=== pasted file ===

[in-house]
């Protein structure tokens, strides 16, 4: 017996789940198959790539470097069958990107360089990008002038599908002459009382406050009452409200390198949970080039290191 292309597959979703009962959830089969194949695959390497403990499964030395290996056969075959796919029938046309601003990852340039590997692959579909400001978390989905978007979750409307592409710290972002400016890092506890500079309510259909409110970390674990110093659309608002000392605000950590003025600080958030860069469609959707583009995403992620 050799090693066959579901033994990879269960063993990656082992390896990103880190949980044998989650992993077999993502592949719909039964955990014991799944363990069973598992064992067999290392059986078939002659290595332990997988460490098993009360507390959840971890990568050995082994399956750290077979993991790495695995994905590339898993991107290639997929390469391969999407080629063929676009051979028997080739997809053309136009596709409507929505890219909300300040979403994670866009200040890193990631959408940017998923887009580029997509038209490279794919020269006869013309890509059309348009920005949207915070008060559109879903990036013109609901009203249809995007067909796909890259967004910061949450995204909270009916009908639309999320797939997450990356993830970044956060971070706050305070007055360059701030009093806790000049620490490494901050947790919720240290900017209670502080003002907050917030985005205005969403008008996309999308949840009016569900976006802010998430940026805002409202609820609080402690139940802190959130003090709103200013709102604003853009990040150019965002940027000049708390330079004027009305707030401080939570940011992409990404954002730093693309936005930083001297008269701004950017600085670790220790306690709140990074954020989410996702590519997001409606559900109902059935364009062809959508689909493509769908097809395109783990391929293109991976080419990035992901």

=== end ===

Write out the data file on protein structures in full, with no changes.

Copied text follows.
[in-house]
């Protein structure tokens, strides 16, 4: 017996789940198959790539470097069958990107360089990008002038599908002459009382406050009452409200390198949970080039290191 292309597959979703009962959830089969194949695959390497403990499964030395290996056969075959796919029938046309601003990852340039590997692959579909400001978390989905978007979750409307592409710290972002400016890092506890500079309510259909409110970390674990110093659309608002000392605000950590003025600080958030860069469609959707583009995403992620 050799090693066959579901033994990879269960063993990656082992390896990103880190949980044998989650992993077999993502592949719909039964955990014991799944363990069973598992064992067999290392059986078939002659290595332990997988460490098993009360507390959840971890990568050995082994399956750290077979993991790495695995994905590339898993991107290639997929390469391969999407080629063929676009051979028997080739997809053309136009596709409507929505890219909300300040979403994670866009200040890193990631959408940017998923887009580029997509038209490279794919020269006869013309890509059309348009920005949207915070008060559109879903990036013109609901009203249809995007067909796909890259967004910061949450995204909270009916009908639309999320797939997450990356993830970044956060971070706050305070007055360059701030009093806790000049620490490494901050947790919720240290900017209670502080003002907050917030985005205005969403008008996309999308949840009016569900976006802010998430940026805002409202609820609080402690139940802190959130003090709103200013709102604003853009990040150019965002940027000049708390330079004027009305707030401080939570940011992409990404954002730093693309936005930083001297008269701004950017600085670790220790306690709140990074954020989410996702590519997001409606559900109902059935364009062809959508689909493509769908097809395109783990391929293109991976080419990035992901």